Big Data For Dummies
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Cloud providers come in all shapes and sizes and offer many different products for big data. Some are household names while others are recently emerging. Some of the cloud providers that offer IaaS services that can be used for big data include, AT&T, GoGrid, Joyent, Rackspace, IBM, and Verizon/Terremark.

Amazon’s Public Elastic Compute Cloud for big data

Currently, one of the most high-profile IaaS service providers is Amazon web Services with its Elastic Compute Cloud (Amazon EC2). Amazon didn’t start out with a vision to build a big infrastructure services business.

Instead, the company built a massive infrastructure to support its own retail business and discovered that its resources were underused. Instead of allowing this asset to sit idle, it decided to leverage this resource while adding to the bottom line. Amazon’s EC2 service was launched in 2006 and continues to evolve.

Amazon EC2 offers scalability under the user’s control, with the user paying for resources by the hour. The use of the term elastic in the naming of Amazon’s EC2 is significant. Here, elasticity refers to the capability that the EC2 users have to increase or decrease the infrastructure resources assigned to meet their needs.

Amazon also offers other big data services to customers of its Amazon web Services portfolio. These include the following:

  • Amazon Elastic MapReduce: Targeted for processing huge volumes of data. Elastic MapReduce utilizes a hosted Hadoop framework running on EC2 and Amazon Simple Storage Service (Amazon S3). Users can now run HBase.

  • Amazon DynamoDB: A fully managed not only SQL (NoSQL) database service. DynamoDB is a fault tolerant, highly available data storage service offering self-provisioning, transparent scalability, and simple administration. It is implemented on SSDs (solid state disks) for greater reliability and high performance.

  • Amazon Simple Storage Service (S3): A web-scale service designed to store any amount of data. The strength of its design center is performance and scalability, so it is not as feature laden as other data stores. Data is stored in “buckets” and you can select one or more global regions for physical storage to address latency or regulatory needs.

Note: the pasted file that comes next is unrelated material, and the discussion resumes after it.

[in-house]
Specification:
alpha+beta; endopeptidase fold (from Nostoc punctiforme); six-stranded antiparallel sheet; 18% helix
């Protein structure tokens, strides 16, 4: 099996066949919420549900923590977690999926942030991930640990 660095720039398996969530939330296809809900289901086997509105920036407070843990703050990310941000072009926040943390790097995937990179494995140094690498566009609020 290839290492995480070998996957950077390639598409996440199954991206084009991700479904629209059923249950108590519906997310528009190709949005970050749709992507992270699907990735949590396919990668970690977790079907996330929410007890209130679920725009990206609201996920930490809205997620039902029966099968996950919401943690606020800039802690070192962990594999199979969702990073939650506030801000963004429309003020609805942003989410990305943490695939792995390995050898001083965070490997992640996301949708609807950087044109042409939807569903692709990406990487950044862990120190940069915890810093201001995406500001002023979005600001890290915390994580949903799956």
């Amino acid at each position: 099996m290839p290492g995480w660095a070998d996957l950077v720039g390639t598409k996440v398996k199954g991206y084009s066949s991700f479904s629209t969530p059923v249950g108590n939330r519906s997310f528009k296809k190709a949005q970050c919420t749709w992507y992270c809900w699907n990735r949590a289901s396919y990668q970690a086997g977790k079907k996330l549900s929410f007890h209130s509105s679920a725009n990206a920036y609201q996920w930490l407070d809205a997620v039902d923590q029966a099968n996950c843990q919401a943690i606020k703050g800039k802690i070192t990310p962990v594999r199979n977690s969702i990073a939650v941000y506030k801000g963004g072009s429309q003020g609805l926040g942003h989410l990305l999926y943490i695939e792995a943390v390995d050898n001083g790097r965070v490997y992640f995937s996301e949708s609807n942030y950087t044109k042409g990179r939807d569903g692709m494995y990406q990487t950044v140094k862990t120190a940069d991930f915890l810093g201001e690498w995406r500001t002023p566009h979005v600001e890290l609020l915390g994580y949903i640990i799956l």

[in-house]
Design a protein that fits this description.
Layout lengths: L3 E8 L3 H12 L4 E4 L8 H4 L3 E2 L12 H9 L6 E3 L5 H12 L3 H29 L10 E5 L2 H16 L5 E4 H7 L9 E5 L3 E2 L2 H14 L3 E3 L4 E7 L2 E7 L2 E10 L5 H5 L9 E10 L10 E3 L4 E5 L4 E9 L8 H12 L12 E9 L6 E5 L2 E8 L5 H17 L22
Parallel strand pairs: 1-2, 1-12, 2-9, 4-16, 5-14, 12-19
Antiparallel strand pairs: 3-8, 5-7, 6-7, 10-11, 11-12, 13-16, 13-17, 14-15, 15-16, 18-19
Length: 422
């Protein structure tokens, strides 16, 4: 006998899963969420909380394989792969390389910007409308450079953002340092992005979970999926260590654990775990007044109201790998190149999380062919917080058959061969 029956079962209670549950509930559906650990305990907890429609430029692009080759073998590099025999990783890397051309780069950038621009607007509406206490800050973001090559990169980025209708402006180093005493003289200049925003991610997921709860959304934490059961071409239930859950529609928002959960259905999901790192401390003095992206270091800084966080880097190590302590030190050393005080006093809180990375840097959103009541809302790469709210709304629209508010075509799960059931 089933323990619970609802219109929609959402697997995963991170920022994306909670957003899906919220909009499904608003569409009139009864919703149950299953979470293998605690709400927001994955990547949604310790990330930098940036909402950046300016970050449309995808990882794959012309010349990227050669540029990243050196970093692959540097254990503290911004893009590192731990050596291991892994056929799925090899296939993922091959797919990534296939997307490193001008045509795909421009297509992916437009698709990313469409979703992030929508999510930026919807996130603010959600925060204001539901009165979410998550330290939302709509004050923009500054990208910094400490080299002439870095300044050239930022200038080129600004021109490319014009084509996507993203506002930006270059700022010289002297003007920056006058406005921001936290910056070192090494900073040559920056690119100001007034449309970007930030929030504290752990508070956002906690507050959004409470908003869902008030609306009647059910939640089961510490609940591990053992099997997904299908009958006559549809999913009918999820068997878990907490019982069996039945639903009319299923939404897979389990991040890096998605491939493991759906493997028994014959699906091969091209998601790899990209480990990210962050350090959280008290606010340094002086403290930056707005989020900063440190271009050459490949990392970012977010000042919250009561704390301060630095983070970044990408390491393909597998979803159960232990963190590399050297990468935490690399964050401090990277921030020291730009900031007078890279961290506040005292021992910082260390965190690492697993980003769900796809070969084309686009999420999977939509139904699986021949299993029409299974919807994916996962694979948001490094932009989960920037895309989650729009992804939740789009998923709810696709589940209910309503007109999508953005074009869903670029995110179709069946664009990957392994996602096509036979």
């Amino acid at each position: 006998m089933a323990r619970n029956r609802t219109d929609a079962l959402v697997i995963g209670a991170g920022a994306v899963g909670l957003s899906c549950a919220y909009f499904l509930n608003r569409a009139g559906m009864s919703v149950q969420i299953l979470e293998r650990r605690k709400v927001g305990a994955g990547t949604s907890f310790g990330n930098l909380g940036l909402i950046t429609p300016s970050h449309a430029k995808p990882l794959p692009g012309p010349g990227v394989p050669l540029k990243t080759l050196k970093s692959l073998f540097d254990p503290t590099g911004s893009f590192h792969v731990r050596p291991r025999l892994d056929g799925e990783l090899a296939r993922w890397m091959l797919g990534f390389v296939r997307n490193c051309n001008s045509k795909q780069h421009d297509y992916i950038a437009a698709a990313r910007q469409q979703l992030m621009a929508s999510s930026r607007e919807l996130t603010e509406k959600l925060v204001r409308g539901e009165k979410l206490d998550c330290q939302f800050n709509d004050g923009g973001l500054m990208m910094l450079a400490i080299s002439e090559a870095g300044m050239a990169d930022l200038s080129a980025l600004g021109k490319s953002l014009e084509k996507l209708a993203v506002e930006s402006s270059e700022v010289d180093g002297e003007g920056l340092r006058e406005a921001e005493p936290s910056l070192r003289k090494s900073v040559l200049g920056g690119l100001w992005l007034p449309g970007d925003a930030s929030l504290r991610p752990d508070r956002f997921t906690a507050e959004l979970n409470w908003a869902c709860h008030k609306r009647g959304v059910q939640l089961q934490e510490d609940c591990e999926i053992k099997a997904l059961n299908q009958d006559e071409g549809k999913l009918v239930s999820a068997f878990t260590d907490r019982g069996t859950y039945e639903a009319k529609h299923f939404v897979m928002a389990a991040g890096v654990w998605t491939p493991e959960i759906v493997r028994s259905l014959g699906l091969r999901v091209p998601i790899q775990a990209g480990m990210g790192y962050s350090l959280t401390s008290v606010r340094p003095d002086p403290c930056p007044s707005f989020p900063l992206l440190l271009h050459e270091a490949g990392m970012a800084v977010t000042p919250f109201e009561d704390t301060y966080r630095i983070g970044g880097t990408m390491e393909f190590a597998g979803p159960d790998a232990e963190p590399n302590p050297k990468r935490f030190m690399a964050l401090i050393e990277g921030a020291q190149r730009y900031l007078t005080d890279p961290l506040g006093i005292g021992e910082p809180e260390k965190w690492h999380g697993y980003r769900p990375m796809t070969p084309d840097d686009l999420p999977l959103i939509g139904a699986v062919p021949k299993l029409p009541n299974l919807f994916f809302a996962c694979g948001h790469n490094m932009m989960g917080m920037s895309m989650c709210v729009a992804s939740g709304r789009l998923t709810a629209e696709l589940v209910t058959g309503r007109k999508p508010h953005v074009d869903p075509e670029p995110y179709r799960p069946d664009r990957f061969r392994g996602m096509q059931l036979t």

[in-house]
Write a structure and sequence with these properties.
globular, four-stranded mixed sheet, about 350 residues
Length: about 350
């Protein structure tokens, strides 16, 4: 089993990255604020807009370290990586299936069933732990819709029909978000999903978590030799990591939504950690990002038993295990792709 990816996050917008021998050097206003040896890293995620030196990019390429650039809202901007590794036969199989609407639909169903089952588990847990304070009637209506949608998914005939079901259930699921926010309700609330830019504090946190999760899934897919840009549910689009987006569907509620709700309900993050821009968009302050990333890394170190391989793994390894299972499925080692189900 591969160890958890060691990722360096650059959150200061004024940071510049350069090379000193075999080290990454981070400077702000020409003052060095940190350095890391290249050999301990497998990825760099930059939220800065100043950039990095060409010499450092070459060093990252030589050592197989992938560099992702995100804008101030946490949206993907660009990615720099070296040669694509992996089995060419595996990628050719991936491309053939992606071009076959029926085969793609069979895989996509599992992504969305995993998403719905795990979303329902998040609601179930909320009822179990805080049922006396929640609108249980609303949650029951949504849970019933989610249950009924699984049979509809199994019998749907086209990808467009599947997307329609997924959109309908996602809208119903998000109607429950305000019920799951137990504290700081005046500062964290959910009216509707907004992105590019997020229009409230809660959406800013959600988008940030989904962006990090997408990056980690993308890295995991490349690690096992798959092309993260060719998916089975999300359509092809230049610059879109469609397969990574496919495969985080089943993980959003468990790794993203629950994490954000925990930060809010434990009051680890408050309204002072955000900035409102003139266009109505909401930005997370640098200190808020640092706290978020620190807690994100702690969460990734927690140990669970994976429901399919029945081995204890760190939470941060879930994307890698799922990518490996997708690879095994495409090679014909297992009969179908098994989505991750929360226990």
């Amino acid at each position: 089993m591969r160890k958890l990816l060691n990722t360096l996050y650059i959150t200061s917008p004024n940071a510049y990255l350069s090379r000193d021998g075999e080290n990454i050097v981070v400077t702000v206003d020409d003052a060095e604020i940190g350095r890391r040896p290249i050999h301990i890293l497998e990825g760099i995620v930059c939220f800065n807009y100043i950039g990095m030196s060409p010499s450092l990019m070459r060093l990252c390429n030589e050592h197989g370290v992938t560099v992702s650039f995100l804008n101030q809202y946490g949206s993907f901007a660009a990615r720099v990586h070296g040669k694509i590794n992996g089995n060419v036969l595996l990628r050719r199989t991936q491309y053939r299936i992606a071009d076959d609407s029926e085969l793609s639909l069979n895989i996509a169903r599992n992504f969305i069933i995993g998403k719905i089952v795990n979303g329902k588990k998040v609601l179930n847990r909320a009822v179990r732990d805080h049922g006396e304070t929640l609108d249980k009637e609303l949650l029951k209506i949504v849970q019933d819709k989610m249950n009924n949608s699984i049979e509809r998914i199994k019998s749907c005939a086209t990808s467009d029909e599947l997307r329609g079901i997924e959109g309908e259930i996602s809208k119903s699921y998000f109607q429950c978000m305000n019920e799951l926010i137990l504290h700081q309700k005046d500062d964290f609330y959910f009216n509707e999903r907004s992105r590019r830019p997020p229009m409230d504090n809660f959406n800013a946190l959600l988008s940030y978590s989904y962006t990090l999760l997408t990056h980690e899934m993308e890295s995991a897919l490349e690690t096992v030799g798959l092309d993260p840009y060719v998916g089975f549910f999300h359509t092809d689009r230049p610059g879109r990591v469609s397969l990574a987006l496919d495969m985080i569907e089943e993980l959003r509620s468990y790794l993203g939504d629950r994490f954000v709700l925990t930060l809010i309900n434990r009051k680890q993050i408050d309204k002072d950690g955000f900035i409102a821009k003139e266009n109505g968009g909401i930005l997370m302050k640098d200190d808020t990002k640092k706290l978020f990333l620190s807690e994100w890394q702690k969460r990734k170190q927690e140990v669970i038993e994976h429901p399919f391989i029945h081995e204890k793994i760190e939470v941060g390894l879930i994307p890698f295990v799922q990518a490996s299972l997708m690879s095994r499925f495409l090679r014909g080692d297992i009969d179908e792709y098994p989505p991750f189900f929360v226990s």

• Amazon High Performance Computing: Tuned for specialized tasks, this service provides low-latency tuned high performance computing clusters. Most often used by scientists and academics, HPC is entering the mainstream because of the offering of Amazon and other HPC providers. Amazon HPC clusters are purpose built for specific workloads and can be reconfigured easily for new tasks.

  • Amazon RedShift: Available in limited preview, RedShift is a petabyte-scale data warehousing service built on a scalable MPP architecture. Managed by Amazon, it offers a secure, reliable alternative to in-house data warehouses and is compatible with several popular business intelligence tools.

Google big data services

Google, the Internet search giant, also offers a number of cloud services targeted for big data. These include the following:

  • Google Compute Engine: A cloud-based capability for virtual machine computing, Google Compute Engine offers a secure, flexible computing environment from energy efficient data centers. Google also offers workload management solutions from several technology partners who have optimized their products for Google Compute Engine.